New Manager

Why cutting costs is a priority for businesses

Bhaskar Bhat Nitin Bhatt | Updated on January 24, 2018 Published on January 20, 2015

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Companies are using new techniques to enhance competitive advantage



During recession, a recurring narrative was of organisations undertaking a slew of cost optimisation measures to remain relevant. Today the practice of implementing cost management has evolved — from adopting tactical and, at times, desultory measures to evade insolvency, to making it a part of core, strategic initiatives. While many executives cite the economic downturn as one of the primary drivers for adopting cost reduction measures, companies today are employing total cost management techniques in a more disruptive fashion for new product development, solution differentiation and better customer experience — all with the objective of enhancing competitive advantage.

In a recent survey conducted by EY, 27 per cent of Global CFOs cited cutting costs and driving efficiency as the single most important priority for businesses over the next three years. Maintaining cost competitiveness was also cited as one of the top 10 risks perceived by CFOs in another survey conducted by EY. While cost reduction has been a priority since 2008, companies have not been successful in realising the benefits of measures adopted, in line with their expectations. Failure to achieve savings targets is often attributed to reasons such as insufficient monitoring or tracking, allowing tactical cost reductions to push out strategic reductions, making the size of cost-savings a higher priority than profitability and losing focus on cost reduction as expansion gets under way or the business model changes.

With the improved economic environment, however, many organisations have adopted a more holistic approach to cost management. Specifically, they have focused on reducing support costs on the one hand, and on reinventing the “core” on the other.

Back-end processes

Such initiatives typically include setting up of shared service centres (SSCs) for processes such as finance and accounts, human resources, IT support, and customer support. A US-based manufacturing company with finance operations in over 40 countries, for instance, set up a finance SSC in India. Over a three-year period, it realised savings of over 30 per cent. In addition to centralising functions in this manner, organisations are also focusing on indirect cost heads to achieve bottomline benefits. For instance, several companies are reengineering functions such as recruitment, facilities management and administration. For example, a leading BPO company achieved a 25 per cent reduction in its employee transport spend by optimising working shifts, leveraging technology to optimise routes and redesigning the model for payouts to cab service providers.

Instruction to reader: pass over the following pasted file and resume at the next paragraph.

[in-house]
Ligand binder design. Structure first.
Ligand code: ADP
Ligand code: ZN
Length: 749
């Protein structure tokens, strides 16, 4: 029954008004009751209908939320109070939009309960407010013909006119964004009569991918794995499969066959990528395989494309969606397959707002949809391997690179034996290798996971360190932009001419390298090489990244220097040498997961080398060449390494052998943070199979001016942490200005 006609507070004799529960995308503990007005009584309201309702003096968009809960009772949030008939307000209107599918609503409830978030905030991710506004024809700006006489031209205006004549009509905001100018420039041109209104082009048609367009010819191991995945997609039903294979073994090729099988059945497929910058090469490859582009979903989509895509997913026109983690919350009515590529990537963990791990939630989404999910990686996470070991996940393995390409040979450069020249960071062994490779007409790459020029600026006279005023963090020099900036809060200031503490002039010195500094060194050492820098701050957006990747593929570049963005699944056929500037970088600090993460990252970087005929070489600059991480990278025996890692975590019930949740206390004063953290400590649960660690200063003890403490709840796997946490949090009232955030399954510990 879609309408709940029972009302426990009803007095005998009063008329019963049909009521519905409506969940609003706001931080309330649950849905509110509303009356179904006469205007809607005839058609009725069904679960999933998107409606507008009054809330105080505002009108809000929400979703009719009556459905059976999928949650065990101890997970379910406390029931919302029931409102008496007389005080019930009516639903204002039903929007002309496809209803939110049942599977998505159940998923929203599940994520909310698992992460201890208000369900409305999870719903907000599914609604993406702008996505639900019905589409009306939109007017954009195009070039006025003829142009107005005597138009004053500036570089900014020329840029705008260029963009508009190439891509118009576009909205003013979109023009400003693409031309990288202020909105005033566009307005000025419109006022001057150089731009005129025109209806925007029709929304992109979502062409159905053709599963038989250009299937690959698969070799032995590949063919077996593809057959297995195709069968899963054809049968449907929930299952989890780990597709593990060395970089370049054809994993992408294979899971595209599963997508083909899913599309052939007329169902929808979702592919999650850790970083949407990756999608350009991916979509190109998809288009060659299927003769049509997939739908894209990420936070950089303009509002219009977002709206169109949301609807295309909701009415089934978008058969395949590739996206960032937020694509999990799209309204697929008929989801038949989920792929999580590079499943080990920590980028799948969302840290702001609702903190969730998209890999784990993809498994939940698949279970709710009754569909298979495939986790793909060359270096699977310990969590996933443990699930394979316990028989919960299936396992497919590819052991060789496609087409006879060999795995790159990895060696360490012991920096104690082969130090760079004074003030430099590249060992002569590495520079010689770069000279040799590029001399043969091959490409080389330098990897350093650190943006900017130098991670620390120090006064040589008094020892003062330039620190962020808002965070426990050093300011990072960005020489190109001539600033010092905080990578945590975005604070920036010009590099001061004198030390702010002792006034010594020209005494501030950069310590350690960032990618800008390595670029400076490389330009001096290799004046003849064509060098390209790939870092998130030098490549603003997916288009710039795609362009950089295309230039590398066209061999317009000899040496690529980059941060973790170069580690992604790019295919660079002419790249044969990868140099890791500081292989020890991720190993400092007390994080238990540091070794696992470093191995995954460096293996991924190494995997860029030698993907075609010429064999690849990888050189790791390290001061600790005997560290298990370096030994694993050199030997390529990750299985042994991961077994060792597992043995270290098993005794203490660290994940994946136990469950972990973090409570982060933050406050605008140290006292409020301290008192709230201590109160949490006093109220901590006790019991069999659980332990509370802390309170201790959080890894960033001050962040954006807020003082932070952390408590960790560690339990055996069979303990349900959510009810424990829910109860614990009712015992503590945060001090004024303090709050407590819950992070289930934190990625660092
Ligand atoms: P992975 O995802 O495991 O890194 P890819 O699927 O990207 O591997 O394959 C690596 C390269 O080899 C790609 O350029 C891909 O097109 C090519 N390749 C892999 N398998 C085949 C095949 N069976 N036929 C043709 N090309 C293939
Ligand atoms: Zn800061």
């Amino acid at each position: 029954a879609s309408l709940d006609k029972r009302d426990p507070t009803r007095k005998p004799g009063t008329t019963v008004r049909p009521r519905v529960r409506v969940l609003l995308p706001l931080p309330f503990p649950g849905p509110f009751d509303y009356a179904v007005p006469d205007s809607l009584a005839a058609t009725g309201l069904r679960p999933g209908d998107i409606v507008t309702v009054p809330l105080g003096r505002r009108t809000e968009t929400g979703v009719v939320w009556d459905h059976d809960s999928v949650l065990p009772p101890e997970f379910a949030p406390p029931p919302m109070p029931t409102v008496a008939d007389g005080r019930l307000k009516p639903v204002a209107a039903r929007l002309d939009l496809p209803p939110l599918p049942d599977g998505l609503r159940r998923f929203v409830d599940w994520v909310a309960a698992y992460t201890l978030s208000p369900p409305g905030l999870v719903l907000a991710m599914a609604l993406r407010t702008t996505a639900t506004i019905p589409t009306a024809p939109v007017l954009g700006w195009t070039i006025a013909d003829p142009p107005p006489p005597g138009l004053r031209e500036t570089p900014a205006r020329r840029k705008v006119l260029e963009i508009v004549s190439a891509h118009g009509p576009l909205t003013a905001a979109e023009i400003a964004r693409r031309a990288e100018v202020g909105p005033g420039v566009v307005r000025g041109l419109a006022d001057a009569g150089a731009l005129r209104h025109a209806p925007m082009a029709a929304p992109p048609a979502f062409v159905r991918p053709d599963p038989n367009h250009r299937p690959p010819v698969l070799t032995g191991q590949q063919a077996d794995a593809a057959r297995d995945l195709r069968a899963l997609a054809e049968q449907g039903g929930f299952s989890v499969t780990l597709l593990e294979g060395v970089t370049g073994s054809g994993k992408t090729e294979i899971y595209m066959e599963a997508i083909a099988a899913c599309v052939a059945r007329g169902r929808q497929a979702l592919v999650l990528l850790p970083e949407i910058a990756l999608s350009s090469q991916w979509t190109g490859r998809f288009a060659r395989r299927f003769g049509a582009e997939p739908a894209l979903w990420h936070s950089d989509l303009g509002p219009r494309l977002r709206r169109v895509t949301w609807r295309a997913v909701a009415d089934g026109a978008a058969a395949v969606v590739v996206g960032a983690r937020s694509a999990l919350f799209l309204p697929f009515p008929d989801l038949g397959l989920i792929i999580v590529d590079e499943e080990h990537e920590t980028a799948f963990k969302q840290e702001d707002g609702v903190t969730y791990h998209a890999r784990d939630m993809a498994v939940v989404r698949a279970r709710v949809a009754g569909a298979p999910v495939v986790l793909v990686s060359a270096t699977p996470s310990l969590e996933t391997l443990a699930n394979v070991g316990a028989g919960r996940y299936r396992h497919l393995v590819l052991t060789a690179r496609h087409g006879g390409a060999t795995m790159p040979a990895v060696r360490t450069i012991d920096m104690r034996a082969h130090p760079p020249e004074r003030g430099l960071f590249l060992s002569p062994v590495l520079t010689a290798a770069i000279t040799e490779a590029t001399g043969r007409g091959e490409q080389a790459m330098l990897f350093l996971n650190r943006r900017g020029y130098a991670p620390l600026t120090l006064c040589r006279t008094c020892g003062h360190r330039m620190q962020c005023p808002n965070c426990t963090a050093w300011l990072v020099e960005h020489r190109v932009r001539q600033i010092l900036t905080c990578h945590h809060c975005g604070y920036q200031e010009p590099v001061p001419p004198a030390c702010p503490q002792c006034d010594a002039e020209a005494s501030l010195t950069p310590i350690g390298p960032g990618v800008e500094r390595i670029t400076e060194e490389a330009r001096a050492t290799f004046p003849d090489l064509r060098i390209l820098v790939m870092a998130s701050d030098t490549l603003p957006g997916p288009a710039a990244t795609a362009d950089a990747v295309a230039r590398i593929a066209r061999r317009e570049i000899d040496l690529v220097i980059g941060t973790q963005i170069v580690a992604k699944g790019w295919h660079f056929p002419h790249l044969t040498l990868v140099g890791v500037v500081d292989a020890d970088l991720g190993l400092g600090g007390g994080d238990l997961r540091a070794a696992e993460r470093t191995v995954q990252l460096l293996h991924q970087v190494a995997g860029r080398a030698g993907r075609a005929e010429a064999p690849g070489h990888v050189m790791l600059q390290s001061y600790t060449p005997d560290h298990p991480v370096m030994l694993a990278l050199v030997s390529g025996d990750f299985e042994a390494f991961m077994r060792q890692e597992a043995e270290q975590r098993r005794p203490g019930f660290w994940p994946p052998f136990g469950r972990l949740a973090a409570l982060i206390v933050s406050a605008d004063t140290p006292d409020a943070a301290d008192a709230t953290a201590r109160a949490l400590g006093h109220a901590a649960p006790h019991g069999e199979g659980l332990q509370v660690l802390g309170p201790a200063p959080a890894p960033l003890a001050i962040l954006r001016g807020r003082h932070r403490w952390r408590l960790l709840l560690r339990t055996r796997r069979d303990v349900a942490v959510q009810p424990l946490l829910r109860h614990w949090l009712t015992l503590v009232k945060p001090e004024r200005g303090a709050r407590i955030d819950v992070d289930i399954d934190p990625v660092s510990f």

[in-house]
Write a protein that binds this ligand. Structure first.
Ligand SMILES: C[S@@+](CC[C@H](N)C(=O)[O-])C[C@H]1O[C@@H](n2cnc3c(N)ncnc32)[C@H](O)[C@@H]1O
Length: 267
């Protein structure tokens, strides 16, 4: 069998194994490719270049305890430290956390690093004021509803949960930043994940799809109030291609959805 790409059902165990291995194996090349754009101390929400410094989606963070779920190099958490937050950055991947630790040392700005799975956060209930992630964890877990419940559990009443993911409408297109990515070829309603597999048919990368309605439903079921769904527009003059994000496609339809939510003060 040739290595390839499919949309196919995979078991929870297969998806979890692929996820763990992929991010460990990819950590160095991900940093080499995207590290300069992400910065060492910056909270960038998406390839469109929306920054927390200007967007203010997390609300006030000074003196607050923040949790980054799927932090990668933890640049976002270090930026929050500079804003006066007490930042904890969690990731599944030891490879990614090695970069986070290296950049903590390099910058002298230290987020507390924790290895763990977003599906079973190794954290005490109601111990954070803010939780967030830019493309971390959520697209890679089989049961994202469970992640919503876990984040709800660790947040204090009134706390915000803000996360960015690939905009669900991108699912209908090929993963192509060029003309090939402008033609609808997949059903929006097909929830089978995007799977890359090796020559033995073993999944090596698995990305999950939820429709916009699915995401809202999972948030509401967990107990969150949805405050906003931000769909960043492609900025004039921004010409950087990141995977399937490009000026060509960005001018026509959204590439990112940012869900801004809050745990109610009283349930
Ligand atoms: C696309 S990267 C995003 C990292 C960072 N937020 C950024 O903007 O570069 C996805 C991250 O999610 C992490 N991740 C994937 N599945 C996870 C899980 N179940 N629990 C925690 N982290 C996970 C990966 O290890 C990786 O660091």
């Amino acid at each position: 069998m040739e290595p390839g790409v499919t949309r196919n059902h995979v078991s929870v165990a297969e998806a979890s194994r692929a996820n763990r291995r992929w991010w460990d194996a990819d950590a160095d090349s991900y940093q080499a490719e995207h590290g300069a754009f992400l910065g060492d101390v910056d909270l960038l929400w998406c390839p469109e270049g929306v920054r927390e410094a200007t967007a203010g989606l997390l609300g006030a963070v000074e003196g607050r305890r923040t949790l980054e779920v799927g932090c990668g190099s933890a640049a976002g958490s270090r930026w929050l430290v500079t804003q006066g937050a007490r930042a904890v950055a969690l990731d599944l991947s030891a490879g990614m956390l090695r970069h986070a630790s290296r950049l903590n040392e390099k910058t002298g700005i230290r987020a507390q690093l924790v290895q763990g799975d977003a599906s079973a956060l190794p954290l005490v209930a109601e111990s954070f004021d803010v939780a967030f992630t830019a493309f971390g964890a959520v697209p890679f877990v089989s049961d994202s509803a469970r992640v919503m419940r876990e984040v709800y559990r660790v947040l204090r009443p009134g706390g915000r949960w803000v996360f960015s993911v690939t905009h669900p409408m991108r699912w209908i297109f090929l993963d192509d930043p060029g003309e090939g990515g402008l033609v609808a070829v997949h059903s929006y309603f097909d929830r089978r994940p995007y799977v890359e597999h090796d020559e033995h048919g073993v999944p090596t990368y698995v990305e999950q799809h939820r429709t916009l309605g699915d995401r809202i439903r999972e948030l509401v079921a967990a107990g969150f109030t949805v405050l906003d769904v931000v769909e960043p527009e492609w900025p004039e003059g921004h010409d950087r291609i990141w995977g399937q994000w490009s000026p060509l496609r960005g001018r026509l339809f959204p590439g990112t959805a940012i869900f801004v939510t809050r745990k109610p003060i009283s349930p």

A number of companies are also leveraging “green” technologies to reduce costs. A global IT company in India, for instance, has constructed 12 platinum-rated green buildings spanning 3.4 million square feet across the country. Another 11 buildings spanning 3.6 million square feet are under certification. These have resulted in a power saving of 60 per cent over traditional buildings. These buildings — constructed at 20 per cent lower costs — have reduced the company’s carbon footprint and delivered employee productivity related benefits as well.

Innovation in operations

Leading organisations have innovated their operational processes to achieve significant bottomline benefits. In this regard, the emergence of smart industrial devices and sophisticated data analytics are serving as critical levers that can enable organisations to make intelligent decisions that facilitate cost reductions. For instance, a Fortune 50 company’s new airplane engine has more than 200 embedded sensors that generate multiple terabytes of data every time the air-plane flies. By analysing fuel consumption patterns in diverse flying conditions the company has been able to make aircraft 15 per cent more fuel efficient.

Similarly, a global metals and mining conglomerate is using a network of smart, interconnected trains, trucks, drilling rigs and drones to get real-time updates regarding the status of ore-extraction. This has enabled the company to optimise its extraction process, resulting in enhanced productivity, reduced waste and energy savings of up to 40 per cent. Companies have also achieved sustainable savings by innovating their operational processes. For instance, a leading jewellery company in India transformed its manufacturing processes to reduce the lead time from 56 days to 10 days for studded jewellery and 30 days to six days for plain jewellery. This performance improvement was achieved through simplification, automation and deskilling repetitive jobs from artisans to machines.

Successful cost management approaches focus on three key elements: a clear vision and definition of success, and triggered only after a carefully crafted business case that documents the value potential of the initiatives. Second, the pace of such initiatives is clearly established via effective sequencing, project management, and balancing tactical and strategic wins. Third, they embed sustainability by reducing the right costs and redeploying expenditures to areas that can drive market differentiation.

A balanced approach – by tackling both basic cost management as well as making strategic changes – is therefore, critical. This will ensure that a total cost management programme generates value that is aligned with an organisation's business strategy, creating competitive advantage.

Bhaskar Bhat is MD, Titan Co Ltd; Nitin Bhatt is a Partner with EY Advisory practice

Published on January 20, 2015
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